[Beowulf] NFS HPC survey results.
bill at cse.ucdavis.edu
Wed Jul 20 16:19:27 PDT 2016
Many thanks for all the responses.
Here's the promised raw data:
I'll summarize the 26 results below. I'll email similar to those that asked.
Not everyone answered all questions.
1) cluster OS:
72% Redhat/CentOS/Scientific linux or derivative
24% Debian/Ubuntu or derivative
4% SUSE or derivative
2) Appliance/NAS or linux server
32% NFS appliance
76% linux server
12% other (illumos/Solaris)
3) Appliances used (one each, free form answers):
* Hitachi BlueARC, EMC Isilon, DDN/GPFS, x4540
* Not sure - something that corporate provided. An F5, maybe...? Also a
Panasas system for /scratch.
* NetApp FAS6xxx
* isilon x and nl
4) Which kernel do you use:
88% one provided with the linux distribution
12% one that I compile/tweak myself
5) what kernel changes do you make
* CPU performance tweaking, network performance.
* raise ARP cache size, newer kernel than stock 3.2 was needed for newer
hardware 3.14 at the moment
6) Do you often see problems like nfs: server 192.168.5.30 not responding,
7) If you see NFS time outs what do you do (free form answers)
* Restart NFSd, look for performance intensive jobs, sometimes increase NFSd.
* Look at what's going on on that server. That means looking at what the
disks are doing, what network flows are going to/from that server and
determine if the load is something to take action on or to let.
* Not much
* Resolve connectivity issue if any and run mount command on nodes. If this
doesn't fix it, then reboot.
* Ignore them, unless they become a problem.
* Look for the root cause of the issue, typically system is suffering network
issues or is overloaded by a user 'abuse/missuse'.
* diagnose and identify underlying cause
* Try to figure out who is overloading the NFS server (hard job)
* Troubleshoot, typically a machine is offline or network saturation
8) which NFS options do you use (free form):
* all default
* tcp,async, nodev, nosuid,timeout=10
* -rw,intr,nosuid,proto=tcp (mostly. Could be "ro" and/or "suid")
* RHEL defaults
* default ones, they're almost always the best ones
* defaults, netdev,vers=3
* default rhel6 (+nosuid, nodev, and sometimes nfsver=3)
* tcp, intr, noauto, timeout, rsize, wsize, auto
9) Any explanations:
* We have not yet made the change to nfsv4, we use nolock due to various
application "issues", we do not hard set rsize/wsize as they have been
negotiating better values for a number of years on their own under v3,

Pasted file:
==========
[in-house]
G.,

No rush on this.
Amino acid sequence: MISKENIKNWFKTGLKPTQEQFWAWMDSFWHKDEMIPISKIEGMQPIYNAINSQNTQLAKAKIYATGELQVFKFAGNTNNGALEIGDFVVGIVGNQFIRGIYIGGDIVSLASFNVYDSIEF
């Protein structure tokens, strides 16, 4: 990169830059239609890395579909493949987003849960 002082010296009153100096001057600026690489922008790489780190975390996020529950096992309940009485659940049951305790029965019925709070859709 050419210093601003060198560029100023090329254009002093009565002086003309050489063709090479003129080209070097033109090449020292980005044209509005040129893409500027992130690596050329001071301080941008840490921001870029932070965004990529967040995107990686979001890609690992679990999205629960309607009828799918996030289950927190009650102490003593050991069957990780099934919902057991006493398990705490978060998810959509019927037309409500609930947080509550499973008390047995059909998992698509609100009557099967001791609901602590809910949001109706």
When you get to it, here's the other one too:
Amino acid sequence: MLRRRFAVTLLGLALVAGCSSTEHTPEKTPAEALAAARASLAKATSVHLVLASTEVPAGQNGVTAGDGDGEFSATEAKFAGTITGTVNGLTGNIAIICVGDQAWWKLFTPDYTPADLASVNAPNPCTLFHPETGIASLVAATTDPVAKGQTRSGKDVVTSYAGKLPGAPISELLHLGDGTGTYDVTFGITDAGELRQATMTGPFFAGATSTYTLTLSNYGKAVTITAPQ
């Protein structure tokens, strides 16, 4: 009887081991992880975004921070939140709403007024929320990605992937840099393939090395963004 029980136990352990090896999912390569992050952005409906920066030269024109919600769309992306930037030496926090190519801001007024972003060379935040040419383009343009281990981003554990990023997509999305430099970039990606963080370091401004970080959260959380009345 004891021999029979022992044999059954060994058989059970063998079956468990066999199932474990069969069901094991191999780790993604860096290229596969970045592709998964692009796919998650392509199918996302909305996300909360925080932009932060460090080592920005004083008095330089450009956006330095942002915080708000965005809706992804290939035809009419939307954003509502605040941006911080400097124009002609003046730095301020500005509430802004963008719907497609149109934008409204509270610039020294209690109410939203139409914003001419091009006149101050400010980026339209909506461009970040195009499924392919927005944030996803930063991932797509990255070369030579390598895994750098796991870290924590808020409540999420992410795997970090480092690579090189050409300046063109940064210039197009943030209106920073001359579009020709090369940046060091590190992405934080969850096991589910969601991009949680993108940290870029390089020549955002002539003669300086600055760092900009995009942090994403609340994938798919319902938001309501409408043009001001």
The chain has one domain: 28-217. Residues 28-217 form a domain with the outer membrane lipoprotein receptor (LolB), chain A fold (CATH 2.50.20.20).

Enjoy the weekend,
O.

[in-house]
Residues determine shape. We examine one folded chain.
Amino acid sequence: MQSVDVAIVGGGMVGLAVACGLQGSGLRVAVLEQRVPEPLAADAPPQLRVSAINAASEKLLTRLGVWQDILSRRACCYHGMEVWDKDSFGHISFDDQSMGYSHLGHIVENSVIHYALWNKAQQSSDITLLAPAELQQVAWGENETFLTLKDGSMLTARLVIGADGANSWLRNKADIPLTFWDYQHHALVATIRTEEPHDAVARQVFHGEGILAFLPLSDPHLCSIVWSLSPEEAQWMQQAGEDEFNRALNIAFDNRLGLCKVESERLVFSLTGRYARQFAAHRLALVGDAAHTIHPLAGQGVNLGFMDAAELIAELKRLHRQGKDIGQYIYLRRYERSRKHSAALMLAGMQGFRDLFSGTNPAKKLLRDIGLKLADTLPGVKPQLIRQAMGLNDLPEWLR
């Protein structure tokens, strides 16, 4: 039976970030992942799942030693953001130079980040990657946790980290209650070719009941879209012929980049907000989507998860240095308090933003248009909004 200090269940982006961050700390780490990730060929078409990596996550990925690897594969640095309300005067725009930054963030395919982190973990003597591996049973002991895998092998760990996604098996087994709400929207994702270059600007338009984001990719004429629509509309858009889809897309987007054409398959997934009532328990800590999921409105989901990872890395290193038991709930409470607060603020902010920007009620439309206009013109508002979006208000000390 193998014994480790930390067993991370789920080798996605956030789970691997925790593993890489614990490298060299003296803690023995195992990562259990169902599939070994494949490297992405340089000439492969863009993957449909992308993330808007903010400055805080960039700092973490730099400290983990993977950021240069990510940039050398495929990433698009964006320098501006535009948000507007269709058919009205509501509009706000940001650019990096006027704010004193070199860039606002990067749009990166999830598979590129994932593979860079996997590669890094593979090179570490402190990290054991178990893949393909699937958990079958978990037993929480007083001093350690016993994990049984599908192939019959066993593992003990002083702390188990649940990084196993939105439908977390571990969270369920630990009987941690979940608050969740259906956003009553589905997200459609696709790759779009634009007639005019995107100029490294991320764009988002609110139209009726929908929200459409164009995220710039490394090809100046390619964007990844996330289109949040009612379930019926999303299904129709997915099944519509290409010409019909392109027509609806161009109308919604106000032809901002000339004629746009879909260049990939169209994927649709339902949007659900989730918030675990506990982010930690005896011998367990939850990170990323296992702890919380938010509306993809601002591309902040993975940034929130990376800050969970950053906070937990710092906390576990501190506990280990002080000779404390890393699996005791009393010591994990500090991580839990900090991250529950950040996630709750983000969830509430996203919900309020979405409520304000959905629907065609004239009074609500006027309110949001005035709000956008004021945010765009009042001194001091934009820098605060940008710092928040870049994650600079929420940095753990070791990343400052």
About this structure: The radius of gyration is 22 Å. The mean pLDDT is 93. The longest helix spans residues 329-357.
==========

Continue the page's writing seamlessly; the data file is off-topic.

and the timeout/retrans are a bit of a legacy set of values from working on
this issue of server overload. Hard was a choice on our end to pick that
having things hang definitely seemed better then having things fail and go
stale. We still agree with the choice of hard. Intr just helps to
"interupt" stuck things when needed.
* We like to be able to ctrl-C hung processes. For some systems we use larger
rsize/wsize if the vendor supports it.
* works for me without tewaks
* We didn't use tcp until the last couple of years.
* Probably needs a revisit- block size was set up for 2.x series kernels
* default of centos 7
* nfsv4 was not stable enough last time out, don't fix rsize/wsize as
client/server usually negotiate to 1M anyway
* We have frequent power outage (5+ times a year) and noauto helps our not to
hang on mounting nfs shares. Drawback is you have to manually mount. Time
out helps with this issue as well.
* These are adjusted if necessary for particular workloads
10) what parts of the file system do you use NFS for (free form):
* /home and /apps
* We use NFS for the OS (NFSRoot), App tree, $HOME, Group dedicated space, as
well as some of our scratch spaces. All of these come from different NFS
* /home, /apps
* /home /opt /etc /usr /boot
* /home, /apps, /scratch - all of 'em
* /home, long term project storage, shared software
* home, apps, shared data
* /usr/local, /home
* /home , /apps
* /home, /group, /usr/local
* /home, parts of /opt, some specific top level auto-mountable dirs
* What above is called /apps and /home for a few medium sized systems
* /home, /local, /opt, /diskless
* /home, /opt, diskless node images
11) How many nodes can mount a single NFS server at once:
24% >= 512 nodes
20% 65-128 nodes